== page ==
COLUMBIA, S.C. — A push to legalize medical marijuana in South Carolina has failed again, despite making it further this year than ever before.
The South Carolina House of Representatives did not take up the measure, known as the Compassionate Care Act, for debate Wednesday afternoon. . With time dwindling in the session, that effectively eliminates any chance of it passing this year.
That decision came after Rep. John McCravy, who's opposed to the bill, motioned that the bill should have originated in the House, instead of the Senate, since it imposed a tax. House Speaker Pro Tem Tommy Pope agreed, ruling the legislation unconstitutional.
State Representative Todd Rutherford, a supporter of the bill, appealed the ruling, but it failed on a 59-55 vote. "It's an abomination of House rules and certainly an abomination of the General Assembly and the balance of power that we have," Rutherford said afterward.
McCravy also came prepared for debate, armed with more than 1,000 amendments designed to block its passing. “I think there are many defects in the bill," he said. "That's just the first defect. I've got three pages of bullet points with problems in the bill."
There has been a seven year long effort to legalize some form of marijuana for medicinal purposes. This year, a version passed the South Carolina Senate in February.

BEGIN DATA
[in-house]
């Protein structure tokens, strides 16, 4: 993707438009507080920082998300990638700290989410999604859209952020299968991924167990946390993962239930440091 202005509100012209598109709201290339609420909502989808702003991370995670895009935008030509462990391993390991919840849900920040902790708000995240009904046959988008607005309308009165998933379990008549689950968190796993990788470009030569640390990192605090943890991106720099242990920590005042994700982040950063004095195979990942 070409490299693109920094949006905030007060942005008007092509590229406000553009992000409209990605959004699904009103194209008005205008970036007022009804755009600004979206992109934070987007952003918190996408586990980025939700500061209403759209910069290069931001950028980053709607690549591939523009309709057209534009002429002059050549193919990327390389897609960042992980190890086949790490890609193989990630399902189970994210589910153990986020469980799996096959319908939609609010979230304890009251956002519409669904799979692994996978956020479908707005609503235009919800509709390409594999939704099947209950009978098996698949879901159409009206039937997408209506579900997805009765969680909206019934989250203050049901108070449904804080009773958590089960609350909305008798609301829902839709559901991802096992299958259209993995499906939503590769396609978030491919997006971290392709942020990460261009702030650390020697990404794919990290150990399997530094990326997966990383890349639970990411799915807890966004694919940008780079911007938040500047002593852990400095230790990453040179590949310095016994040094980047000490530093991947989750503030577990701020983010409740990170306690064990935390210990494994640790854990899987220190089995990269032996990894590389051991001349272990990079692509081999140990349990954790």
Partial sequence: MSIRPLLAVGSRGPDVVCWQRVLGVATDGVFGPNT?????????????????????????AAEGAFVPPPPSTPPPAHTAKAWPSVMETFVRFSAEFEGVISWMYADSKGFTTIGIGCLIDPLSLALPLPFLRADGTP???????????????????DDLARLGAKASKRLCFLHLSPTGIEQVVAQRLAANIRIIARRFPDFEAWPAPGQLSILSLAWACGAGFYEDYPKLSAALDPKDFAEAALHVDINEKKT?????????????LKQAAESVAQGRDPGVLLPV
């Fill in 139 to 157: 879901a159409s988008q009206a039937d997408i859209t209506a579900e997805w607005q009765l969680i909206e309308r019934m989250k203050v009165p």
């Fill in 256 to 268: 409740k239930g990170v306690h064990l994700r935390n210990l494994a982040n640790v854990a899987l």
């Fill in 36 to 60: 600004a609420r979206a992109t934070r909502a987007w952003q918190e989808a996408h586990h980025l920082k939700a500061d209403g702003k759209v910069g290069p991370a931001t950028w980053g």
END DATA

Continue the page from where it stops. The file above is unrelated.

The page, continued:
The bill's chances dimmed, however, when it went to the House, as lawmakers opposed to the bill found ways to block the measure from quickly moving to a floor debate.
The defeat means the bill would have to restart the entire process if it were to be introduced for next year's session, needing approval in both the Senate and House.
Rutherford, though, remains hopeful on its future. "It has progressed because people are demanding change. Seventy percent of people in South Carolina that are polled say they want the freedom to choose medical marijuana or not."
Unlike other states, South Carolina's law would have been one of the most restrictive in the country. Only South Carolinians with specific medical conditions such as cancer, multiple sclerosis, glaucoma, sickle cell anemia, autism and some post-traumatic stress disorder would be able to obtain marijuana. Smoking the drug would be illegal; instead patients would have been allowed to use oil, salves, patches or vaporizers.
Doctors also would have to meet patients in person and patients could only get a two-week supply at one time.
Medical marijuana advocates have tried for years to get a bill passed, arguing it can ease certain ailments. Opponents, however, have included law enforcement and religious groups who both argue that they feel legalizing the drug in any form would eventually led to the approval of recreational marijuana.
A total of 37 other states have legalized some forms of medical marijuana.